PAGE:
Readers no longer expect the tropes to be the same from one author to the next. Video games alone have changed the expectations of our audience. World of Warcraft, a game I play regularly, which is full of lore more complicated than anything Tolkien ever dreamed up, has 12 million players and growing monthly. Many of those folks also read fantasy and manga, etc. And, if someone says to me “a fantasy with elves,” do they mean Laurell K. Hamilton’s type of elves? or Tolkien’s? or World of Warcraft’s? The stature is the same but they are nothing alike. The person might mean something totally different too, and be talking about little people, or what some think of as fairies or sprites, or even dryads. Or something else entirely. A large percentage of younger readers (20s, 30s, tweens even) don’t have the same definition of certain elements that everyone expected from a fantasy when Tolkien was the main trope on the block… or at least one of a handful inspired by his wonderful work. When I say I’m writing a romance novella about a green man as the hero, ten people are probably going to have at least nine different opinions on exactly what that will look and feel like. It will depend on their background, age, education and experiences. Hopefully, some of them will be partly right and there will still be siginificant new elements and twists on a very ancient theme to surprise and delight at least a good number of readers. As authors wanting to sell, this is what we are aiming for.

    I am all over the place when it comes to reading, and also gaming and movies. I like almost everything! I like the input, the possibility of what my muse might create in my subconscious out of a that soup of noise. Likeing everything presents a conundrum to a 24-hour day, I will admit. But as for reading, it’s mostly romance right now. Yet my first sale was erotica, which although has similarities to romance, is not at all the same trope. It has different intentions, often a very different goal. It is also much more often disturbing, where romance is not with it’s frequent, happy-ever-after ending. I don’t actually read a whole lot of erotica. Certainly I’ve read less of it than I have read of romance. And I read about as much of romance as I read of other types of fiction and non fiction… which is to say precious little at the moment due to time constraints. Something I need to remedy because I know reading stimulates my writer-brain. But my point is that I know how to write erotica well, with or without romantic elements in it, despite not having read everything out there, and very little of it, in fact.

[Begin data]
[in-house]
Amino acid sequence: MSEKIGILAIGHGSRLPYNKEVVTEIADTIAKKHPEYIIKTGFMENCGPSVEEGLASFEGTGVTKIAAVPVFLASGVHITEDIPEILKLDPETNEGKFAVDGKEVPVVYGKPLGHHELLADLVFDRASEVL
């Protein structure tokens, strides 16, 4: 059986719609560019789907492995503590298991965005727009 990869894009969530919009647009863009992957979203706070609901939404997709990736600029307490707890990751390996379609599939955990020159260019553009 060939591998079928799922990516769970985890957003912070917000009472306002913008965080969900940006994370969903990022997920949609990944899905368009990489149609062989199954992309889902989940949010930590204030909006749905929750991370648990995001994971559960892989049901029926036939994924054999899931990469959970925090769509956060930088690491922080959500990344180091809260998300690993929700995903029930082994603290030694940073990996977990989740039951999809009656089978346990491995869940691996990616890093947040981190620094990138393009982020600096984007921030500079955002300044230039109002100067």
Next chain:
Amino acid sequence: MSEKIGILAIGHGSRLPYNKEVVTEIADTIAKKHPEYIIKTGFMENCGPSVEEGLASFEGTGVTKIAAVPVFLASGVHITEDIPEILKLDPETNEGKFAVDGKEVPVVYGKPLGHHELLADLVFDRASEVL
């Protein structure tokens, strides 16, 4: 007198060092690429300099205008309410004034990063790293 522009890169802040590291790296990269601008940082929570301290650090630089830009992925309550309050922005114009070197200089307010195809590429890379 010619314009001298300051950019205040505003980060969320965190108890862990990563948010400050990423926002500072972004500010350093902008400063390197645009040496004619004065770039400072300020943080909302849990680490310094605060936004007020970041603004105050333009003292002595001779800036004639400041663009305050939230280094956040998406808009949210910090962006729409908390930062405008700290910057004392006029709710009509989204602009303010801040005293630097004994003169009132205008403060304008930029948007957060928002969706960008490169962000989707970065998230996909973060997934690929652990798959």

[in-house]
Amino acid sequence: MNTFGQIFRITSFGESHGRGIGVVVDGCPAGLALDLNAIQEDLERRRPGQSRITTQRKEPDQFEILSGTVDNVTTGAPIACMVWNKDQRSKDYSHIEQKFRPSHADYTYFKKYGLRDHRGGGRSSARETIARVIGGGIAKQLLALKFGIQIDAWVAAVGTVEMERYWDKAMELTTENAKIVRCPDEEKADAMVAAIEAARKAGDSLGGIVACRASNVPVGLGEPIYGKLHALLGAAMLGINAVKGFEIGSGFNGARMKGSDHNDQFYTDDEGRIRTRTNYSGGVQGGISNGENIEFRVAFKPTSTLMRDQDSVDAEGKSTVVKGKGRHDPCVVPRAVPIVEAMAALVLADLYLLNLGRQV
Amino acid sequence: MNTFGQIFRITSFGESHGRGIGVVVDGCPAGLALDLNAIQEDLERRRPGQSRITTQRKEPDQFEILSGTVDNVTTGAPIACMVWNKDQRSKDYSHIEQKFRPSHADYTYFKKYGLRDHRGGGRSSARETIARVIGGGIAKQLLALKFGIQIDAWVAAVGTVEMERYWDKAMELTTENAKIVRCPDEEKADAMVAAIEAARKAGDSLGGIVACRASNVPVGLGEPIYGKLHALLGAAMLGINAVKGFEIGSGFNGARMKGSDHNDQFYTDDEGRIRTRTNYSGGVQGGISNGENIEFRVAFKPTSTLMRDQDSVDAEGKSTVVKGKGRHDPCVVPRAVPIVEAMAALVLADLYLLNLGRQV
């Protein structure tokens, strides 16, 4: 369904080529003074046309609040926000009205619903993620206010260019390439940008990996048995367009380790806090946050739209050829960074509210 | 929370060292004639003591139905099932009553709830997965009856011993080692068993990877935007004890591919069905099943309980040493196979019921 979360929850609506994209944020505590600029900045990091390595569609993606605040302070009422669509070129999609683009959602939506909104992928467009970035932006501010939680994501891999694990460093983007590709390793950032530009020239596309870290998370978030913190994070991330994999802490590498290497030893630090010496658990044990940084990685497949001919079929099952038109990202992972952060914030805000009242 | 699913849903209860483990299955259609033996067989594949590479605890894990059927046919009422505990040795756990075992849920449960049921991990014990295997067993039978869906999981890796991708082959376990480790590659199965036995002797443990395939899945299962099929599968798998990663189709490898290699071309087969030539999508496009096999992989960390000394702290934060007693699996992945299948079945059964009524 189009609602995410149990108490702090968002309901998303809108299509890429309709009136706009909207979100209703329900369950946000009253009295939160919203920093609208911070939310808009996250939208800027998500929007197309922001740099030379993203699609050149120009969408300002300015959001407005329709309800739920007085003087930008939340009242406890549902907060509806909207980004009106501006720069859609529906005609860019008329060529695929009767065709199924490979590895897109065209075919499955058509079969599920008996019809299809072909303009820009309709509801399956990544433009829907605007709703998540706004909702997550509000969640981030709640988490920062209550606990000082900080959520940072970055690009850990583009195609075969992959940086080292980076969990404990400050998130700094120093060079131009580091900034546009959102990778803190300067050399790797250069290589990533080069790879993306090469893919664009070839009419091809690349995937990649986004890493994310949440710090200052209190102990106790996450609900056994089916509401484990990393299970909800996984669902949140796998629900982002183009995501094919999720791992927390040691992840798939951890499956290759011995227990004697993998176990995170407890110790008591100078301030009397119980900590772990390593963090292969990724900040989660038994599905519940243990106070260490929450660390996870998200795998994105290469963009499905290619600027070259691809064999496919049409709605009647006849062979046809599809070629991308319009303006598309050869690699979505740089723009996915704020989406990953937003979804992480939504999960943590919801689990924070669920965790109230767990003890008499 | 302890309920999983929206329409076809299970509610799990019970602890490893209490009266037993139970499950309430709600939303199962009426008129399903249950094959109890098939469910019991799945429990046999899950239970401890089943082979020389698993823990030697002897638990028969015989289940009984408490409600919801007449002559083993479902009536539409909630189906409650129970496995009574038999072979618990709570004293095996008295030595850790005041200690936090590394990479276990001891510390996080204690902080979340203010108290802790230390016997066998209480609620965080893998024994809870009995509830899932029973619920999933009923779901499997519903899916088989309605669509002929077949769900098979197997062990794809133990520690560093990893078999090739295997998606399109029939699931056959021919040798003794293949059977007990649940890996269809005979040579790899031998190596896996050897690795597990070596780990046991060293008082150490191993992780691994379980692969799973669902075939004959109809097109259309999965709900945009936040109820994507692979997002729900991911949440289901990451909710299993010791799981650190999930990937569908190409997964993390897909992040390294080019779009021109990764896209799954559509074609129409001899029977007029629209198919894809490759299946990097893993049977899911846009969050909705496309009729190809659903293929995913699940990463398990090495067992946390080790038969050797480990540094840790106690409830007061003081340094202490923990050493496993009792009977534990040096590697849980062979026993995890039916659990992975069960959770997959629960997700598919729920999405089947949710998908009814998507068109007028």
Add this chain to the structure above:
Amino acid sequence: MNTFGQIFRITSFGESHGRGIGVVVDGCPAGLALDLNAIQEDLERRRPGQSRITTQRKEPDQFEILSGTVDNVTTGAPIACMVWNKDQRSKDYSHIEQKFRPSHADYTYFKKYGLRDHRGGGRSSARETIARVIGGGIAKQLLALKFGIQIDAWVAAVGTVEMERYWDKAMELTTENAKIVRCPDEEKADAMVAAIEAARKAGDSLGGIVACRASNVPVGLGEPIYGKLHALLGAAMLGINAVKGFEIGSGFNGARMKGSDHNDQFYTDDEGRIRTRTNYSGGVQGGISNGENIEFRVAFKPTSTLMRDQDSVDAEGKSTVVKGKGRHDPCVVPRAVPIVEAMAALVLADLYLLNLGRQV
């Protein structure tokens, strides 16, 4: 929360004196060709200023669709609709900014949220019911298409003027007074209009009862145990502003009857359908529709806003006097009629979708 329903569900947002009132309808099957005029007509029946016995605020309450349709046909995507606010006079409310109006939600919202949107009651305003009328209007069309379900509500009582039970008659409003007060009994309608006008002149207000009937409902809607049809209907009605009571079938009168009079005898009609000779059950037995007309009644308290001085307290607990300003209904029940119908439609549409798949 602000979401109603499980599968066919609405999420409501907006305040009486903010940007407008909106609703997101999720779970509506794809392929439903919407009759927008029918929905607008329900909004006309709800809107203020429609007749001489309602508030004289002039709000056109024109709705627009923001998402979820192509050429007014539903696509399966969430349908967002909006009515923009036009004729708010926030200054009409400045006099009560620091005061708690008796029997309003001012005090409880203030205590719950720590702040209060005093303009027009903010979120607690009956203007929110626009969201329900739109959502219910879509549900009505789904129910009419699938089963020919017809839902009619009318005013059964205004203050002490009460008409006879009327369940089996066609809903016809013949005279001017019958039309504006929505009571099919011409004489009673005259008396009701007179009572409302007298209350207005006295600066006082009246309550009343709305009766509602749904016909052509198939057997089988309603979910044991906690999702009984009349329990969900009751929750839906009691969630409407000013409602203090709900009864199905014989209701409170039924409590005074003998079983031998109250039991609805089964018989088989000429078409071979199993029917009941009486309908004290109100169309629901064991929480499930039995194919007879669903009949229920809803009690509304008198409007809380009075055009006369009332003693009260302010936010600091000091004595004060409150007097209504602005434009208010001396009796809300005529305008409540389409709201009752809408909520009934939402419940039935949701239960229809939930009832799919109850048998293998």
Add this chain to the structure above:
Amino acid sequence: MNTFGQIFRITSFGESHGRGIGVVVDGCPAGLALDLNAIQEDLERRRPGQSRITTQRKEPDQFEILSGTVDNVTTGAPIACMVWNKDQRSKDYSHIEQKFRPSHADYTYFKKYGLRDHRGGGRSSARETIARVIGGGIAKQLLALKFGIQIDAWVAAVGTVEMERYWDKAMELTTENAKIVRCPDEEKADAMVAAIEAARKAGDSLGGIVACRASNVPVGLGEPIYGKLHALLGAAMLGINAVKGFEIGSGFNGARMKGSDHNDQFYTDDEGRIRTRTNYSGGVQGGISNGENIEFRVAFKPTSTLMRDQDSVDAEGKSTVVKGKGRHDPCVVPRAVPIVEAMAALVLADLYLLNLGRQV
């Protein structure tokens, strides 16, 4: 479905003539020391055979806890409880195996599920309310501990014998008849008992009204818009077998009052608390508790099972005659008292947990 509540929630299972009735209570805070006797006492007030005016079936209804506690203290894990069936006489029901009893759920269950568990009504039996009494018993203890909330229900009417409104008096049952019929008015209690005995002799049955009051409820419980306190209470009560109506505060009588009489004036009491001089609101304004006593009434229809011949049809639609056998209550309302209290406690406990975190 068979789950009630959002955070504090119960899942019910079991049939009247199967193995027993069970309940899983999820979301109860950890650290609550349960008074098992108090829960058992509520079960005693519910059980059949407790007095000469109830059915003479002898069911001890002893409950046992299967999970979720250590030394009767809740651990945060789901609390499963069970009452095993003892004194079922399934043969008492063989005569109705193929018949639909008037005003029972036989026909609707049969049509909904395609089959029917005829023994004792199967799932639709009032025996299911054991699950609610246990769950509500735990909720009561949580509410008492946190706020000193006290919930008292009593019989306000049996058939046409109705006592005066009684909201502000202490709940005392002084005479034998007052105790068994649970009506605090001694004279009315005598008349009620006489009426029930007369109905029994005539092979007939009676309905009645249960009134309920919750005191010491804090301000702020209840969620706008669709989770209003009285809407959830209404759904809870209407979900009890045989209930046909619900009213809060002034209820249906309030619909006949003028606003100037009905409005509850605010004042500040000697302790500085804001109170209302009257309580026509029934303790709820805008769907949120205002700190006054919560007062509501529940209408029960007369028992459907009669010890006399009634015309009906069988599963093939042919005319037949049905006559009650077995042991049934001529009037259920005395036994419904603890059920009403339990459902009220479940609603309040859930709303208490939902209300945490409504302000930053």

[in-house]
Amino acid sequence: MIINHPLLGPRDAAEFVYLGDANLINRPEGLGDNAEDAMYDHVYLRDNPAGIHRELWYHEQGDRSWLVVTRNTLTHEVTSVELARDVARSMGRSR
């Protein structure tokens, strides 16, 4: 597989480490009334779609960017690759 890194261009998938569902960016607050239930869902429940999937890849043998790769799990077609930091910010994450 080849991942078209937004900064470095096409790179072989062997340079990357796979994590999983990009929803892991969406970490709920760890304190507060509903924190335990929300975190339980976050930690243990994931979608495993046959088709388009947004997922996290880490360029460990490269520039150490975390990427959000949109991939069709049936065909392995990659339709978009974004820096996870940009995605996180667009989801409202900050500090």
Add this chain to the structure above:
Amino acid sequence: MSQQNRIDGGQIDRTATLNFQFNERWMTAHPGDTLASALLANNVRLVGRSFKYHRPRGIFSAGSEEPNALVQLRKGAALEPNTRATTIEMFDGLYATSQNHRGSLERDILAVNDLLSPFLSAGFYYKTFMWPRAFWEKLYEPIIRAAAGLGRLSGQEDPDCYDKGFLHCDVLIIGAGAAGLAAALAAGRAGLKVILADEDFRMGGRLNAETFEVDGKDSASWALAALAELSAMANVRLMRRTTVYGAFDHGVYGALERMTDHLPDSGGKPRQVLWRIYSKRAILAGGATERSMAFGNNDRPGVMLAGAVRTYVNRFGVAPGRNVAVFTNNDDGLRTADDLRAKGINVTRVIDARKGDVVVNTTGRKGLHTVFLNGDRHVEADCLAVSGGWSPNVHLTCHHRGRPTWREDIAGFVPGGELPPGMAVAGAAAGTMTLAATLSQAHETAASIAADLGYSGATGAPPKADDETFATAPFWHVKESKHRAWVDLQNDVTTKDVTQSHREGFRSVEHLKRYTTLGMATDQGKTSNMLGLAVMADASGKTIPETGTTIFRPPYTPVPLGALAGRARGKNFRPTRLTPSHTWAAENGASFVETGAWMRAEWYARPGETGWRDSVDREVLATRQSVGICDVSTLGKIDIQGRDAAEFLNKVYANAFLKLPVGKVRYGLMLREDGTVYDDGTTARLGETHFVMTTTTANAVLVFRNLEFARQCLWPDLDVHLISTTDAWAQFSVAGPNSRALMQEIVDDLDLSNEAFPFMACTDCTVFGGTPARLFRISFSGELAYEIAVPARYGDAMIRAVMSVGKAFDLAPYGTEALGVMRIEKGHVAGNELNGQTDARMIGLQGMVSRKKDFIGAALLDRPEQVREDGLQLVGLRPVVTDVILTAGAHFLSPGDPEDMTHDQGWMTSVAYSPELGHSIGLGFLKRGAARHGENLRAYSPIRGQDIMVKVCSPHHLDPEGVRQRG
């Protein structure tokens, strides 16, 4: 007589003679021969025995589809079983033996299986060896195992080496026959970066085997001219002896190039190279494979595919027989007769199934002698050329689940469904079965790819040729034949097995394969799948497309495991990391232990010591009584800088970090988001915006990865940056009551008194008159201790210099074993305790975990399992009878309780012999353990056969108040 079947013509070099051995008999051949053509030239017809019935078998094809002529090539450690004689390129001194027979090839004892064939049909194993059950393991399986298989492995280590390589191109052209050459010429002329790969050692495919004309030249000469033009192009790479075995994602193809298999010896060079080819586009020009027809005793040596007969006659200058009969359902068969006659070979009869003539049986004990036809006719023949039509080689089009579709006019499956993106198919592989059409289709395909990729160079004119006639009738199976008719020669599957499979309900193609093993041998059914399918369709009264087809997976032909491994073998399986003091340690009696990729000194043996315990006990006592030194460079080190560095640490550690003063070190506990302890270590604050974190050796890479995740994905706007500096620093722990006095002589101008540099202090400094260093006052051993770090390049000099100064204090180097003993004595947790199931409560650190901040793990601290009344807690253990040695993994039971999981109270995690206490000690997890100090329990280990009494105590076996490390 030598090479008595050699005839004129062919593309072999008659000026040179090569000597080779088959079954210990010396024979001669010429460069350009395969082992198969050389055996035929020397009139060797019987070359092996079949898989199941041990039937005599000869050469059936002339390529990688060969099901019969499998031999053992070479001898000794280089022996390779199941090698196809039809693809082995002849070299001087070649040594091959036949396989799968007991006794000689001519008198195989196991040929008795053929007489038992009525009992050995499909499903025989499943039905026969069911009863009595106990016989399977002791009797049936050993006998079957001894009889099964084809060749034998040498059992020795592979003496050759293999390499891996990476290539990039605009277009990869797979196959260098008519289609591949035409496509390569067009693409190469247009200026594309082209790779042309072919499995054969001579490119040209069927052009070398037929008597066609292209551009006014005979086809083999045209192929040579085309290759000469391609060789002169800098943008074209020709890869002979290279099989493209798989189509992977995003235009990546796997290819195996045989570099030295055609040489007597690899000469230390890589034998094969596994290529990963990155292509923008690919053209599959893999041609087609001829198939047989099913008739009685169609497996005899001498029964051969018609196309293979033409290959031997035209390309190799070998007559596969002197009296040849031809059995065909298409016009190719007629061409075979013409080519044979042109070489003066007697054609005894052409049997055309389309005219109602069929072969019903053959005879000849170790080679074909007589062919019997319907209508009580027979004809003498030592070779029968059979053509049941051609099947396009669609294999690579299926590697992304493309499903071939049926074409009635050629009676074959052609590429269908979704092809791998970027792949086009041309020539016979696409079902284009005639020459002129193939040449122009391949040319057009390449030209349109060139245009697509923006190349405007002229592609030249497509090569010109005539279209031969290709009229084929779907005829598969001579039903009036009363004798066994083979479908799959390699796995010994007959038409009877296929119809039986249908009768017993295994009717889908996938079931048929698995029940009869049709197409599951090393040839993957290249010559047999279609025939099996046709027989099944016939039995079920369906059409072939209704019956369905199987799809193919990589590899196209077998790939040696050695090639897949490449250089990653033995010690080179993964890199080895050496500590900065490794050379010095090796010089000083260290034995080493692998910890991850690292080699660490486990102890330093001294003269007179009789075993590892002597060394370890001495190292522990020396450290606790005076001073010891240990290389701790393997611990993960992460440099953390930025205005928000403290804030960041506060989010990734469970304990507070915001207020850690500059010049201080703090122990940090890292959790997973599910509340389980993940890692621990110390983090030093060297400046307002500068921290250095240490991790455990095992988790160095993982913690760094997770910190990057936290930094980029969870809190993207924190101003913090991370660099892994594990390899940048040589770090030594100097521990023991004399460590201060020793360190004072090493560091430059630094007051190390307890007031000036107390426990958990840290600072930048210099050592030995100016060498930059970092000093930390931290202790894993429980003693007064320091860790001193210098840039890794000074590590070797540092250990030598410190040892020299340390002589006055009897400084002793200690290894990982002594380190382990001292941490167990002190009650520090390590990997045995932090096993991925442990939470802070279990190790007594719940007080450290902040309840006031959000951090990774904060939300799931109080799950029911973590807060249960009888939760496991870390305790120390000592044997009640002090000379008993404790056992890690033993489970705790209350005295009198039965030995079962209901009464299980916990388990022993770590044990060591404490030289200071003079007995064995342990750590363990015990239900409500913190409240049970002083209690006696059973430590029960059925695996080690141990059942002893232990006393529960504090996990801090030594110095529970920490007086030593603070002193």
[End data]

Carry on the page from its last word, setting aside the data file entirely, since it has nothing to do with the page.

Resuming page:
I have noticed that if I read too much of what I’m writing, my muse often feels boxed in by the implied rules. I actually don’t like to read anything closely related to the genre I’m working on as I think it stifles my unique ideas for the story. In the case of fantasy… the elements, magic or even for a species no one has invented yet. Ideas that are mine alone even if they might be based on a combination of mythological archetypes or other storyteller inventions. It also kills my emotional content and creativity in a hurry as I start to wonder if I should write it more like this or that author is doing…will it sell better?, or if my definition of something in my own world-building is too different from what has gone before, or if perhaps… Bah!! It drives me crazy. Trusting myself to be a good storyteller, I believe, is a lot more important than the nuances of a trope I might or might not want to deviate intentionally from. Deviating from trope guidelines and expectations have made authors famous. Likewise following rules too closely can kill your writing.